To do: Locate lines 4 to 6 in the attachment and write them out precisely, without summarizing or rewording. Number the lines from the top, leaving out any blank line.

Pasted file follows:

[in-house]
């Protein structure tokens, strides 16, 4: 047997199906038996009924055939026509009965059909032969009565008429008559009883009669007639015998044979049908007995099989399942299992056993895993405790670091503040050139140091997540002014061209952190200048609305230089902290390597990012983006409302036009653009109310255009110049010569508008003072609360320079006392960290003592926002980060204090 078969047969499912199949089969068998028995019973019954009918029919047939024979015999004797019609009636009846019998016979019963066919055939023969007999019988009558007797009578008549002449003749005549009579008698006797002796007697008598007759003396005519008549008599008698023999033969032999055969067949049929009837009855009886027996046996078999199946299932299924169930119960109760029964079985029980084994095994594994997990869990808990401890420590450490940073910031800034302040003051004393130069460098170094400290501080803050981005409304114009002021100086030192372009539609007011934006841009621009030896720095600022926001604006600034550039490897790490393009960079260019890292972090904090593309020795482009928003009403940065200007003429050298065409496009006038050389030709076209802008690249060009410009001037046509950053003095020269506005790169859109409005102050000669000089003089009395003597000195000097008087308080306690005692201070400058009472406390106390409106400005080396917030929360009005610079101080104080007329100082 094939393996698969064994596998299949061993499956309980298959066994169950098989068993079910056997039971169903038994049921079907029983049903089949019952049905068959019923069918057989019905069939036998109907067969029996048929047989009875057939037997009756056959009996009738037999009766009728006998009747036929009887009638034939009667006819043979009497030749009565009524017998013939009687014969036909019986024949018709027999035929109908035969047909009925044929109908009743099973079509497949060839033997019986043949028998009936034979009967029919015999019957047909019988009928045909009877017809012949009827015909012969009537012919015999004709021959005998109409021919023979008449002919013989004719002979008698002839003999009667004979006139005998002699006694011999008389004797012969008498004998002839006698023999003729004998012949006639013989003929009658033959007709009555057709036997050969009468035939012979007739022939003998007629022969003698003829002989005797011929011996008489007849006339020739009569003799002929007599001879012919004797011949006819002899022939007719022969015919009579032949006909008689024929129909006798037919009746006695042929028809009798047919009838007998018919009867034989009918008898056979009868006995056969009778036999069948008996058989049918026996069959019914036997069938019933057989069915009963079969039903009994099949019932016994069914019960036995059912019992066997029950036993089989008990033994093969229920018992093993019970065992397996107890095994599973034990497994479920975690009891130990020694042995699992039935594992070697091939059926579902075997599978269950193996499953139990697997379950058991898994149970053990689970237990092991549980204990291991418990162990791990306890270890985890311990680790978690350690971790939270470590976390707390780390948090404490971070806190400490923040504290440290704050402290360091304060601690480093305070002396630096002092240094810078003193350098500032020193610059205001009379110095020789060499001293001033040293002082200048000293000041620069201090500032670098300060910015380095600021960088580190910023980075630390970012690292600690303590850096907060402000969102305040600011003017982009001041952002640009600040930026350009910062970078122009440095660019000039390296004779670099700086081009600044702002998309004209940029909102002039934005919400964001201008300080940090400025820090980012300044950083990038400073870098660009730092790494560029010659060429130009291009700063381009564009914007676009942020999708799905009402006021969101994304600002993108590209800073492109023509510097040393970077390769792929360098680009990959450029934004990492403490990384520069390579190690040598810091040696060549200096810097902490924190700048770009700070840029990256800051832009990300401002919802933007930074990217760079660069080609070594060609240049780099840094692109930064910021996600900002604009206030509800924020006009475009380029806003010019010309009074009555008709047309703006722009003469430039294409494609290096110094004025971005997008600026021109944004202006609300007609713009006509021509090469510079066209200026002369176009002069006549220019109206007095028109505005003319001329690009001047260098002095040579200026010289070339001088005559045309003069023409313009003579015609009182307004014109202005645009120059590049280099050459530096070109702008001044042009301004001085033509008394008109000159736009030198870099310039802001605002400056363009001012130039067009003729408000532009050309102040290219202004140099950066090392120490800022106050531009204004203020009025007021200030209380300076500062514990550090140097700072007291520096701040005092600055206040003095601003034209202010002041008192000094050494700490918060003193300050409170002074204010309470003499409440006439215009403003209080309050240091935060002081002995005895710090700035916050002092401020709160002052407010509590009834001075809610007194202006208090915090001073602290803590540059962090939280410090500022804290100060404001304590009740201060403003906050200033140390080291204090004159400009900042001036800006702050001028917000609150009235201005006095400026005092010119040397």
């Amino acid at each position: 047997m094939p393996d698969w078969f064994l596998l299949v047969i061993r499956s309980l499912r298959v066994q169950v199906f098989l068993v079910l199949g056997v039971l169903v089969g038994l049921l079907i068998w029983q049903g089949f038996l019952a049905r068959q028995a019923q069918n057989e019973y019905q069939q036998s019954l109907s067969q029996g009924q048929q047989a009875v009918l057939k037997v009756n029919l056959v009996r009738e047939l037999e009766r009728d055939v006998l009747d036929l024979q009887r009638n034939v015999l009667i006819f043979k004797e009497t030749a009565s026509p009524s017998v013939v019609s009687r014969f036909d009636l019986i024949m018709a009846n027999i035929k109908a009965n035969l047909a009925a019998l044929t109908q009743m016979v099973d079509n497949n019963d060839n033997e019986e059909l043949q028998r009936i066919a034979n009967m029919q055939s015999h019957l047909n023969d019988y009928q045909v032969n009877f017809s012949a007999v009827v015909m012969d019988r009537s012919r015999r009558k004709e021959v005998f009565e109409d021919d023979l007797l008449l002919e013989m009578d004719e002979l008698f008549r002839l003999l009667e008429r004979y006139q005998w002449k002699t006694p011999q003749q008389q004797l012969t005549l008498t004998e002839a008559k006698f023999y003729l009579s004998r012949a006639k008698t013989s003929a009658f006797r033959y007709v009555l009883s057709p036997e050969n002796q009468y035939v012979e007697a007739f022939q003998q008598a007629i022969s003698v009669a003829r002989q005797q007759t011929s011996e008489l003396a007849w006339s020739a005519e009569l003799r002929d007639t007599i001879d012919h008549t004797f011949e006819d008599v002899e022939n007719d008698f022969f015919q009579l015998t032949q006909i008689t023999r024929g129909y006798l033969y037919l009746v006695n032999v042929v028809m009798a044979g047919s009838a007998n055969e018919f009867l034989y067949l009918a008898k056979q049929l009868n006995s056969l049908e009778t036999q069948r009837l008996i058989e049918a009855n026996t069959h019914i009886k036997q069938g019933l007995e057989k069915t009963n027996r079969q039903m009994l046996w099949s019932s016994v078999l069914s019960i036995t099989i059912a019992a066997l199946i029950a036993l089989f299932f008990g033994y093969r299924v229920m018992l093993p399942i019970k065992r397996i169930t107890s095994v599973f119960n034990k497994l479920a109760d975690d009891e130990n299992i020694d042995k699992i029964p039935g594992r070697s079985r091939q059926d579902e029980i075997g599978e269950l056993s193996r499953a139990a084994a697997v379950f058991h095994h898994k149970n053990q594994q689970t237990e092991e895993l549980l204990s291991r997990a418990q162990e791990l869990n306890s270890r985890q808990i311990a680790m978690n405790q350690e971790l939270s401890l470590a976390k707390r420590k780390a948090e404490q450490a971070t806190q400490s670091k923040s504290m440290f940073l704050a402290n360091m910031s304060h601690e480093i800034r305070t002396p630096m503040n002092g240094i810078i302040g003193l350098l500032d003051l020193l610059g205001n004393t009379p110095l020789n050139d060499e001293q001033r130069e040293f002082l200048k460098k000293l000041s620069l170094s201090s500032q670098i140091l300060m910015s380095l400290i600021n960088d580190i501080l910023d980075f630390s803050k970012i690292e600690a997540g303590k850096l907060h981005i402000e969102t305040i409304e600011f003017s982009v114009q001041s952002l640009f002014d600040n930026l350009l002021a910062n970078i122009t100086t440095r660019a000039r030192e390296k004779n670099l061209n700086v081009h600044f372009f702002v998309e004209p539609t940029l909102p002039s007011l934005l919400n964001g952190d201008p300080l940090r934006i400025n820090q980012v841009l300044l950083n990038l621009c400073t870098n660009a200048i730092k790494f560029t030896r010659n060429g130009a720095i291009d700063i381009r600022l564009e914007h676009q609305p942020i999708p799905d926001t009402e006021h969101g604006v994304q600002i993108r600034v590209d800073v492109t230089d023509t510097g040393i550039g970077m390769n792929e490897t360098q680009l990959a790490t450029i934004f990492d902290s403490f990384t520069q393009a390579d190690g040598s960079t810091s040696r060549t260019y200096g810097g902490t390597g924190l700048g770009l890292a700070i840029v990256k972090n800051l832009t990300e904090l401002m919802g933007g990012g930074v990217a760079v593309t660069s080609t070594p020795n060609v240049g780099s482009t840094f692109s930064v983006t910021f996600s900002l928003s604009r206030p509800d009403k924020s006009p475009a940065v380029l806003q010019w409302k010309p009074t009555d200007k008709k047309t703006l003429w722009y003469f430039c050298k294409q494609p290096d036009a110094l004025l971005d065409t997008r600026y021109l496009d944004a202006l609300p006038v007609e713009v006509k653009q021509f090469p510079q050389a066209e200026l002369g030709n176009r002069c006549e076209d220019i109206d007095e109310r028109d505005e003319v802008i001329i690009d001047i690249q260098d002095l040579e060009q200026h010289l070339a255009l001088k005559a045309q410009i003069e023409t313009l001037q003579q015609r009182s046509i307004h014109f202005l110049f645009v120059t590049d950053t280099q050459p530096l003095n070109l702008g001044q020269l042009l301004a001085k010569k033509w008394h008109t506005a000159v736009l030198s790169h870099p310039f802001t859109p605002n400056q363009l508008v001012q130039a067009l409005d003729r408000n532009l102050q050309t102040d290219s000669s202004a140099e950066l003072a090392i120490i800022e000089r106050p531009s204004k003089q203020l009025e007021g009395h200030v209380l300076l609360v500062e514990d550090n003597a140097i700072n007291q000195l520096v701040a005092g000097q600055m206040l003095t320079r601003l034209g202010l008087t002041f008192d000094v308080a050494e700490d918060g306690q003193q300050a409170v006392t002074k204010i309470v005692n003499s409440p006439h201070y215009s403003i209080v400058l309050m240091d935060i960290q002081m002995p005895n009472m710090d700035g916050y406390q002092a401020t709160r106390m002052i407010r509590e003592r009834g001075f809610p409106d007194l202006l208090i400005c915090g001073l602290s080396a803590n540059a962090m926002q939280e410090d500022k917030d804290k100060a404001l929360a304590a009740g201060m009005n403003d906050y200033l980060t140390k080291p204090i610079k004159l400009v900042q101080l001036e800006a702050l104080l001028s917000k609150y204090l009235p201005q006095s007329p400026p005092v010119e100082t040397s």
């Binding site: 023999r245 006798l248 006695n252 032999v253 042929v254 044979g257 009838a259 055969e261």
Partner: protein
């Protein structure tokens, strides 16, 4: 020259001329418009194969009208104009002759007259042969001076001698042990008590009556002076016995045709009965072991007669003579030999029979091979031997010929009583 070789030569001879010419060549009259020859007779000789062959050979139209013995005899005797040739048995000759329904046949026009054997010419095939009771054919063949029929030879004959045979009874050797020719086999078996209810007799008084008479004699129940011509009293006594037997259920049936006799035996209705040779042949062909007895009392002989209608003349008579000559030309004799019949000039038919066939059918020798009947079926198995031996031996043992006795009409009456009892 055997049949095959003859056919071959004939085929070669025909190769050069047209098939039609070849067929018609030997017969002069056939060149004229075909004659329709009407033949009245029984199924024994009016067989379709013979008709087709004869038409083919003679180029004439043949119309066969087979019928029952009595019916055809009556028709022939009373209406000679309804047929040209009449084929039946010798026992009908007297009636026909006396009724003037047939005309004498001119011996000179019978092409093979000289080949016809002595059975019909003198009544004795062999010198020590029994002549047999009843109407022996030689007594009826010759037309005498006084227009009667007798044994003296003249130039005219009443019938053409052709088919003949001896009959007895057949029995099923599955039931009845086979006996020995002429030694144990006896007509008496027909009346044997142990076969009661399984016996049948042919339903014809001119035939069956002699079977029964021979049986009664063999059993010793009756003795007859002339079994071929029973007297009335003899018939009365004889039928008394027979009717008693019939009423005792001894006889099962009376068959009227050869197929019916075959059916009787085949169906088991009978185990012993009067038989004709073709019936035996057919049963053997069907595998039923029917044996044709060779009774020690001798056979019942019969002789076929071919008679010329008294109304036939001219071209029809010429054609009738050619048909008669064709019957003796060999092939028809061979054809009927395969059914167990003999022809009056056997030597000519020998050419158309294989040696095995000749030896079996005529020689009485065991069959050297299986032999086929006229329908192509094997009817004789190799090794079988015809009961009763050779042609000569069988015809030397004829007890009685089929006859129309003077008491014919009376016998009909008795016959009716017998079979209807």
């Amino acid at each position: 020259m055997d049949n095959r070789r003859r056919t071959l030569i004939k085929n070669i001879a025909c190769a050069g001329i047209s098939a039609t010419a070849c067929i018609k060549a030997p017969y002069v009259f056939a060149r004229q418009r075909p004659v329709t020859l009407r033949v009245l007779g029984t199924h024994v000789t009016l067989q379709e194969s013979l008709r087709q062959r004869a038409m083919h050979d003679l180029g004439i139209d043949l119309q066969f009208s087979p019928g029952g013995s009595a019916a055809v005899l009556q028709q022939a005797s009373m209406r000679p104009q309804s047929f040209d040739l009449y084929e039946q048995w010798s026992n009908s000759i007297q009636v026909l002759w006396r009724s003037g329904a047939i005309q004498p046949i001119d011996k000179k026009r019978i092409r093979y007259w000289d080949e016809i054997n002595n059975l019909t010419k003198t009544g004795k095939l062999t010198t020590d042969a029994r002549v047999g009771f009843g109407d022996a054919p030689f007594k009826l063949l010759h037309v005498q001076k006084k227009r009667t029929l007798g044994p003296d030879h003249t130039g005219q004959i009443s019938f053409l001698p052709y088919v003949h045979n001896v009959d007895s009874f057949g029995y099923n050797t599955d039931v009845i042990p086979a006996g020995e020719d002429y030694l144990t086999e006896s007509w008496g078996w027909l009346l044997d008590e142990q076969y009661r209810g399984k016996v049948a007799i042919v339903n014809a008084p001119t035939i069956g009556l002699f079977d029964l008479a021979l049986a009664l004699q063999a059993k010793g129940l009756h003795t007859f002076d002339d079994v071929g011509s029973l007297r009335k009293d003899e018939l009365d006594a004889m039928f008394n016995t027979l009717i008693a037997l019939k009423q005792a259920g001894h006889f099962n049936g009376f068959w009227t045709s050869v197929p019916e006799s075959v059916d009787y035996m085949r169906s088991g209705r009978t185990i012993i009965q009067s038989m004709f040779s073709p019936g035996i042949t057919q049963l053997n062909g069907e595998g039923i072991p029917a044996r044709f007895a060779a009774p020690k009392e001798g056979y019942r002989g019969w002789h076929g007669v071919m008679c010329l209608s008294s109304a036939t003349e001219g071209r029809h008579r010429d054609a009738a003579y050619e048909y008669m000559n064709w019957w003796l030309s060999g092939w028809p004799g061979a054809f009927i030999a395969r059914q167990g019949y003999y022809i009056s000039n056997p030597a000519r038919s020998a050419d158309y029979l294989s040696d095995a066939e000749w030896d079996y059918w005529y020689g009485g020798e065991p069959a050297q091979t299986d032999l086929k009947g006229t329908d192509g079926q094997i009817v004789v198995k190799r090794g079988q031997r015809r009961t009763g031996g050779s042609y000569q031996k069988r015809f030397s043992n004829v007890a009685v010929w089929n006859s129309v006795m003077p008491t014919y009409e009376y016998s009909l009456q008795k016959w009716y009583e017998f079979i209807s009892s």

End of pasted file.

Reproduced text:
């Binding site: 023999r245 006798l248 006695n252 032999v253 042929v254 044979g257 009838a259 055969e261």
Partner: protein
């Protein structure tokens, strides 16, 4: 020259001329418009194969009208104009002759007259042969001076001698042990008590009556002076016995045709009965072991007669003579030999029979091979031997010929009583 070789030569001879010419060549009259020859007779000789062959050979139209013995005899005797040739048995000759329904046949026009054997010419095939009771054919063949029929030879004959045979009874050797020719086999078996209810007799008084008479004699129940011509009293006594037997259920049936006799035996209705040779042949062909007895009392002989209608003349008579000559030309004799019949000039038919066939059918020798009947079926198995031996031996043992006795009409009456009892 055997049949095959003859056919071959004939085929070669025909190769050069047209098939039609070849067929018609030997017969002069056939060149004229075909004659329709009407033949009245029984199924024994009016067989379709013979008709087709004869038409083919003679180029004439043949119309066969087979019928029952009595019916055809009556028709022939009373209406000679309804047929040209009449084929039946010798026992009908007297009636026909006396009724003037047939005309004498001119011996000179019978092409093979000289080949016809002595059975019909003198009544004795062999010198020590029994002549047999009843109407022996030689007594009826010759037309005498006084227009009667007798044994003296003249130039005219009443019938053409052709088919003949001896009959007895057949029995099923599955039931009845086979006996020995002429030694144990006896007509008496027909009346044997142990076969009661399984016996049948042919339903014809001119035939069956002699079977029964021979049986009664063999059993010793009756003795007859002339079994071929029973007297009335003899018939009365004889039928008394027979009717008693019939009423005792001894006889099962009376068959009227050869197929019916075959059916009787085949169906088991009978185990012993009067038989004709073709019936035996057919049963053997069907595998039923029917044996044709060779009774020690001798056979019942019969002789076929071919008679010329008294109304036939001219071209029809010429054609009738050619048909008669064709019957003796060999092939028809061979054809009927395969059914167990003999022809009056056997030597000519020998050419158309294989040696095995000749030896079996005529020689009485065991069959050297299986032999086929006229329908192509094997009817004789190799090794079988015809009961009763050779042609000569069988015809030397004829007890009685089929006859129309003077008491014919009376016998009909008795016959009716017998079979209807």